Project Noah

Project Noah is a tool to explore and document wildlife and a platform to harness the power of citizen scientists everywhere.

Join Project Noah Today

American Kestrel

Falco sparverius


The slender American Kestrel is roughly the size and shape of a Mourning Dove, although it has a larger head; longer, narrow wings; and long, square-tipped tail. In flight, the wings are often bent and the wingtips swept back. It is the most common falcon in North America. American Kestrels are pale when seen from below and warm, rusty brown spotted with black above, with a black band near the tip of the tail. Males have slate-blue wings; females’ wings are reddish brown. Both sexes have pairs of black vertical slashes on the sides of their pale faces—sometimes called a “mustache” and a “sideburn."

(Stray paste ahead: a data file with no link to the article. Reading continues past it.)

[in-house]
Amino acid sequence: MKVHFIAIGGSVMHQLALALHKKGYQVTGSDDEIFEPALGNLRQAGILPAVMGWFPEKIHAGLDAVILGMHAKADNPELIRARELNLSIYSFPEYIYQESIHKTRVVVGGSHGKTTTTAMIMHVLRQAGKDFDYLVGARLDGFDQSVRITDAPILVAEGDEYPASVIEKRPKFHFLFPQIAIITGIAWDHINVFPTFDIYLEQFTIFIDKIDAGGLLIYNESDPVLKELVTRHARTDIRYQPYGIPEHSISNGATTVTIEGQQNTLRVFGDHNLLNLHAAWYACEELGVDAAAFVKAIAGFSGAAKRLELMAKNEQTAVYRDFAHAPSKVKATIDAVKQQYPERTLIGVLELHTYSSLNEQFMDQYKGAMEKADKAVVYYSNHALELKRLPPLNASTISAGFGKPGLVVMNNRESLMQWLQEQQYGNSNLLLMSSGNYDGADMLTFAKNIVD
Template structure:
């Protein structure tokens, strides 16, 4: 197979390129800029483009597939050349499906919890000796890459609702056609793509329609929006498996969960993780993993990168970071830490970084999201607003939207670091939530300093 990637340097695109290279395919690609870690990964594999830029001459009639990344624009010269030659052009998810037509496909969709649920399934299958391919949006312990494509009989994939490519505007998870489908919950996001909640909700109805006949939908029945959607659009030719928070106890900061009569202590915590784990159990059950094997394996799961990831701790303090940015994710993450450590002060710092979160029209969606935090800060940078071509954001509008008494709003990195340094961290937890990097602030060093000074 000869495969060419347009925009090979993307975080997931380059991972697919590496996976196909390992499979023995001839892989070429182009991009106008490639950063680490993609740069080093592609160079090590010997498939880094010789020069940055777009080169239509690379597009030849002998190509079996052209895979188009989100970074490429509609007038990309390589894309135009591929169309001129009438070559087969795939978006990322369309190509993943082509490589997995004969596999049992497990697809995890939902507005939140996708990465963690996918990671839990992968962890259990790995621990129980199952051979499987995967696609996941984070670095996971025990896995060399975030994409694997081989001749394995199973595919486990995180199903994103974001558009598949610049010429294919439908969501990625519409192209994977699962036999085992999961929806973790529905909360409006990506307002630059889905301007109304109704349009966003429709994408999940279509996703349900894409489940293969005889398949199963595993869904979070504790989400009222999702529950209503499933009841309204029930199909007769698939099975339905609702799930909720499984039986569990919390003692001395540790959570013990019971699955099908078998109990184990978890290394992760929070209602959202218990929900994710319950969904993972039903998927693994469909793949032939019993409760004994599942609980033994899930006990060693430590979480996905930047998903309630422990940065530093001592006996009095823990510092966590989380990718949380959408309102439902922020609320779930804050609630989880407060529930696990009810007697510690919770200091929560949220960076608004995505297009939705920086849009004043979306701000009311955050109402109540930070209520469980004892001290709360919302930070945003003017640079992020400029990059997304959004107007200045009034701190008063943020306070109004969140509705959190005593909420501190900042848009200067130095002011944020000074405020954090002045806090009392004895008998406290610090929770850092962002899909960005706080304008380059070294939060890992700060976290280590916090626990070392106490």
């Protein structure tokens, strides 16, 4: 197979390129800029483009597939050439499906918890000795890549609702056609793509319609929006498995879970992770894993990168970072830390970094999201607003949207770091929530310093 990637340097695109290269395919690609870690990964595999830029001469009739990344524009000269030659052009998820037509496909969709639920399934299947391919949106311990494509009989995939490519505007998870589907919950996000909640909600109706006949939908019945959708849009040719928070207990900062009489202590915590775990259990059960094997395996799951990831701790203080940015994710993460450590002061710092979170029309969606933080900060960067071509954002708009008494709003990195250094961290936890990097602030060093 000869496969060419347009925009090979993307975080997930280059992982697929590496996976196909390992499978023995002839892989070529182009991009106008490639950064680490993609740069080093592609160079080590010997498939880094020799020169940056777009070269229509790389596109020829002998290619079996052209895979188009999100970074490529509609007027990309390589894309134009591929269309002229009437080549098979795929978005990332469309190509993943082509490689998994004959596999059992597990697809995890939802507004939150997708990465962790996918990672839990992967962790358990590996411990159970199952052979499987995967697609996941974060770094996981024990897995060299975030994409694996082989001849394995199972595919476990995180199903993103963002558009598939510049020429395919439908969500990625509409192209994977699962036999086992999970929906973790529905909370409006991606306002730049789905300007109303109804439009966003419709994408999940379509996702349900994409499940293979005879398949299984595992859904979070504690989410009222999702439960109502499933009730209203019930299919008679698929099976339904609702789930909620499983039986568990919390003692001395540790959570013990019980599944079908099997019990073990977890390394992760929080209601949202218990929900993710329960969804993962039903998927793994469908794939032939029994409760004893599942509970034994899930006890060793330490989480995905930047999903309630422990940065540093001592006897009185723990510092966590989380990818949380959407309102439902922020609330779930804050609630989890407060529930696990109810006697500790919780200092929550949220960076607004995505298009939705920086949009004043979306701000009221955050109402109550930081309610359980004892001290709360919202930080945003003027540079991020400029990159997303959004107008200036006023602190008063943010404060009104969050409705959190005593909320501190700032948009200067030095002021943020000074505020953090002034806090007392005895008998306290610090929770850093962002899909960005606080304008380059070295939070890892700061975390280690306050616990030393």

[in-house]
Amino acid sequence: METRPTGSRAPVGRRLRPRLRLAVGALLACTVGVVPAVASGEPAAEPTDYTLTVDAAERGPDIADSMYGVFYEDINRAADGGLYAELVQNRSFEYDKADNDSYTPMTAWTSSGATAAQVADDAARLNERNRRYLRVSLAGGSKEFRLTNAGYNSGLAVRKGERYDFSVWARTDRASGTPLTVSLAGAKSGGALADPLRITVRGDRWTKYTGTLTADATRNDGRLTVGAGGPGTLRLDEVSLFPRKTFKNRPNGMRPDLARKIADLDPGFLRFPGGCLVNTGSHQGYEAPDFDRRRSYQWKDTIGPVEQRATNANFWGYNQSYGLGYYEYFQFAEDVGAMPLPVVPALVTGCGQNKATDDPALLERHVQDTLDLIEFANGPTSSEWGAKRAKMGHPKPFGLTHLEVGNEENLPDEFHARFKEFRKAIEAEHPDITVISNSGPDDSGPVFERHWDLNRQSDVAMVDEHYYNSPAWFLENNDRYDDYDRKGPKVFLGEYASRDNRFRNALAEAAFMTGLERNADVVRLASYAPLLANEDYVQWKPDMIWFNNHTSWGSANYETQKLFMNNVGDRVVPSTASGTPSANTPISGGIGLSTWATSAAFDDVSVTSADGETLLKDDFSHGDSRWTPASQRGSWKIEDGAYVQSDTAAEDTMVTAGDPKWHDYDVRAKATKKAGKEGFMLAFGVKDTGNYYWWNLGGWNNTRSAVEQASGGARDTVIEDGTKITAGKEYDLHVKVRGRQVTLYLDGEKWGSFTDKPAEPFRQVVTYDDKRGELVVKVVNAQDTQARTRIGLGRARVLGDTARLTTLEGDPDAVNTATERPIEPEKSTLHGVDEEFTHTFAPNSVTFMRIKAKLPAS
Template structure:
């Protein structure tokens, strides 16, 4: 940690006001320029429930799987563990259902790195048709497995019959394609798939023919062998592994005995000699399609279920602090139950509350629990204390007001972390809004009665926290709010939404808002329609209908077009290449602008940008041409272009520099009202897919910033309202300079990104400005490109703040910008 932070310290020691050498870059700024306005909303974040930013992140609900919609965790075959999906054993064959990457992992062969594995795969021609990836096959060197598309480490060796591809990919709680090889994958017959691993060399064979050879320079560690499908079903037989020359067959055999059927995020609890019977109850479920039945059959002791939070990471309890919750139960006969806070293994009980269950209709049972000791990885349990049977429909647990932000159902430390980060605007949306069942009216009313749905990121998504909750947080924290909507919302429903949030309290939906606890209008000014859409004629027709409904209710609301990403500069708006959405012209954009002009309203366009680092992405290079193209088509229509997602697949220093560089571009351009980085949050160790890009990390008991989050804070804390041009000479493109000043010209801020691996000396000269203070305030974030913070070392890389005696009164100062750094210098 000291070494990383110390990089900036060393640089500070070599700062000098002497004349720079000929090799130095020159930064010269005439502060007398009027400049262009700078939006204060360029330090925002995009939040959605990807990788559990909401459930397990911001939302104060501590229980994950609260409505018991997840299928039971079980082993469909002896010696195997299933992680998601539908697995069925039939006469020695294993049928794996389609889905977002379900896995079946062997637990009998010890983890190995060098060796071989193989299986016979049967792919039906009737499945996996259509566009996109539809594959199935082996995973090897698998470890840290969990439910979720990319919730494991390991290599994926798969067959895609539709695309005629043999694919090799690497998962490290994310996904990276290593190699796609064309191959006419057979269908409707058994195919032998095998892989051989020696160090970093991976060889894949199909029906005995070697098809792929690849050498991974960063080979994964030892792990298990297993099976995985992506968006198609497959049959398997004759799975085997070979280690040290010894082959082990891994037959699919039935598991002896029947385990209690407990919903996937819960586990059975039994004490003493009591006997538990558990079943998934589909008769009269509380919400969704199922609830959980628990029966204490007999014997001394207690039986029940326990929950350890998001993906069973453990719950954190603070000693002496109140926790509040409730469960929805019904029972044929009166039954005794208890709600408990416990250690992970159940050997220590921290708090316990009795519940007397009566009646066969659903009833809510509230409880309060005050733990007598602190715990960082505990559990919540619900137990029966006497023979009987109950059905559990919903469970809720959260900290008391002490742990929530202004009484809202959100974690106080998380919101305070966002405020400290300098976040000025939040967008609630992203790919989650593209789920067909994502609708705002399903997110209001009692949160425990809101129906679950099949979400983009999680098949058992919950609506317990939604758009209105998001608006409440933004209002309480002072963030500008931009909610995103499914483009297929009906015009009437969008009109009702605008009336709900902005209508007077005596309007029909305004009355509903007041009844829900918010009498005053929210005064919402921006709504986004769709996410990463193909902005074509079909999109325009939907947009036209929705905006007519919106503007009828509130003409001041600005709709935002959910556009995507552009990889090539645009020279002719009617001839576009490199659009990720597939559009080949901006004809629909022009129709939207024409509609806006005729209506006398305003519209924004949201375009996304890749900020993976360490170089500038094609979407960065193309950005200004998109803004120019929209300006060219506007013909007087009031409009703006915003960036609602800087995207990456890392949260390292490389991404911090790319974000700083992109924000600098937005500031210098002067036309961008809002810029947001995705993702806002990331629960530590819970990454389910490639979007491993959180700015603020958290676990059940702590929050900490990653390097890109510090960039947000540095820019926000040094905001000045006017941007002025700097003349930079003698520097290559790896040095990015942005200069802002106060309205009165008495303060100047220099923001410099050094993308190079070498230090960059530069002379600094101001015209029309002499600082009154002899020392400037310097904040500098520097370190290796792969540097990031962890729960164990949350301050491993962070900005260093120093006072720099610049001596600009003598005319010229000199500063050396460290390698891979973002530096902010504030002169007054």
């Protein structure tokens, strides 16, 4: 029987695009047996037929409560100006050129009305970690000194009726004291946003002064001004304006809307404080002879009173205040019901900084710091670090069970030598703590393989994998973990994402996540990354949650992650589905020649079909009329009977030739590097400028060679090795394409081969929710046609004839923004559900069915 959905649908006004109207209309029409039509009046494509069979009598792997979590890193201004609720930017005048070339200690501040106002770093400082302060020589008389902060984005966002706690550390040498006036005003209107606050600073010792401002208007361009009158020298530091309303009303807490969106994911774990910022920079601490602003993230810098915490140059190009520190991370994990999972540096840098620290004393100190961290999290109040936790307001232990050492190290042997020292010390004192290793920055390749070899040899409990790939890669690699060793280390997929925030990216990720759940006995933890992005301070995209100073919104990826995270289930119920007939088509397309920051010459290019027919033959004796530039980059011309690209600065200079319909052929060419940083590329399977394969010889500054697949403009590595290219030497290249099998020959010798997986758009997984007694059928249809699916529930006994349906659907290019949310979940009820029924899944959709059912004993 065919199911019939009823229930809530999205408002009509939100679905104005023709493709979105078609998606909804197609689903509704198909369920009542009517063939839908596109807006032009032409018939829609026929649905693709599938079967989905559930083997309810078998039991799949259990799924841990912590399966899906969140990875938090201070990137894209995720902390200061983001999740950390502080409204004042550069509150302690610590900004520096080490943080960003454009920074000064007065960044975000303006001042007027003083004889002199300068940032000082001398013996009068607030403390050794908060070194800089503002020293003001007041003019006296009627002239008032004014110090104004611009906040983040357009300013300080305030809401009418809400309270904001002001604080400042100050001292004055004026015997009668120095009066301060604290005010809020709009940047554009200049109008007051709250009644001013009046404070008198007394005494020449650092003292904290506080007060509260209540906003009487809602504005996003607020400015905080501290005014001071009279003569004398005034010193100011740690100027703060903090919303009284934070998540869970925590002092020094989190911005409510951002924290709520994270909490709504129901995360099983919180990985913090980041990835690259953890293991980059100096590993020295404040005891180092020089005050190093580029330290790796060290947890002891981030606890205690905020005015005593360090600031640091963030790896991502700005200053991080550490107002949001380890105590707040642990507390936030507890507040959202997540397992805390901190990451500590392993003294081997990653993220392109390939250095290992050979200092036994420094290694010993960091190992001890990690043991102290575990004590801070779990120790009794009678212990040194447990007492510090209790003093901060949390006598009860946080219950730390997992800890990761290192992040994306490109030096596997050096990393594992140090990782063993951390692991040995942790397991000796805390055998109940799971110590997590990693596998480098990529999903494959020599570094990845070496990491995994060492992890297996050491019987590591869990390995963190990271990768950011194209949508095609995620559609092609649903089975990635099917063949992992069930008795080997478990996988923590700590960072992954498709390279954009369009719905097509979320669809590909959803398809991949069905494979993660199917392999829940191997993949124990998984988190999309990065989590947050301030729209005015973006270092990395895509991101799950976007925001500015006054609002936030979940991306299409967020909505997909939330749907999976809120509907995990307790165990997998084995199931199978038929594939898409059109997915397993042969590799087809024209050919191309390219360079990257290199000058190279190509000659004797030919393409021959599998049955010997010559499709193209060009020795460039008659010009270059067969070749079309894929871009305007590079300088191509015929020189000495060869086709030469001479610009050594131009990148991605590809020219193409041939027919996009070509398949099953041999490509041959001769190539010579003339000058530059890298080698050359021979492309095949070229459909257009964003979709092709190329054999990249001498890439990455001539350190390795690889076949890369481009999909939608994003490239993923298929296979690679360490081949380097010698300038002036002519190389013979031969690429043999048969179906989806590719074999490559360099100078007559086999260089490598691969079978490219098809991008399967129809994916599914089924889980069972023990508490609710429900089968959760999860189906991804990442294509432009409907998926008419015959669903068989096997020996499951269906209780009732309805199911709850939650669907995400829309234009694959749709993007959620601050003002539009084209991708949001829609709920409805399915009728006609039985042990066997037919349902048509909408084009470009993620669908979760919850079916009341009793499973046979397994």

American Kestrels occupy habitats ranging from deserts and grasslands to alpine meadows. You’re most likely to see them perching on telephone wires along roadsides, in open country with short vegetation and few trees.


Spotted on a telephone pole in an uncultivated area next to a mining operation in Kennesaw, GA; there was another kestrel in a nearby tree that I did not get a picture of as it flew away too quickly. I saw this or another kestrel in the same place 2/28/13

No species ID suggestions

Georgia, USA

Lat: 34.02, Long: -84.58

Spotted on Mar 6, 2013
Submitted on Mar 7, 2013

Related spottings

Falco Falco Nankeen Kestrel Merlin

Nearby spottings

Northern Cardinal (female) Song Sparrow Yellow-rumped Warbler Brown Thrasher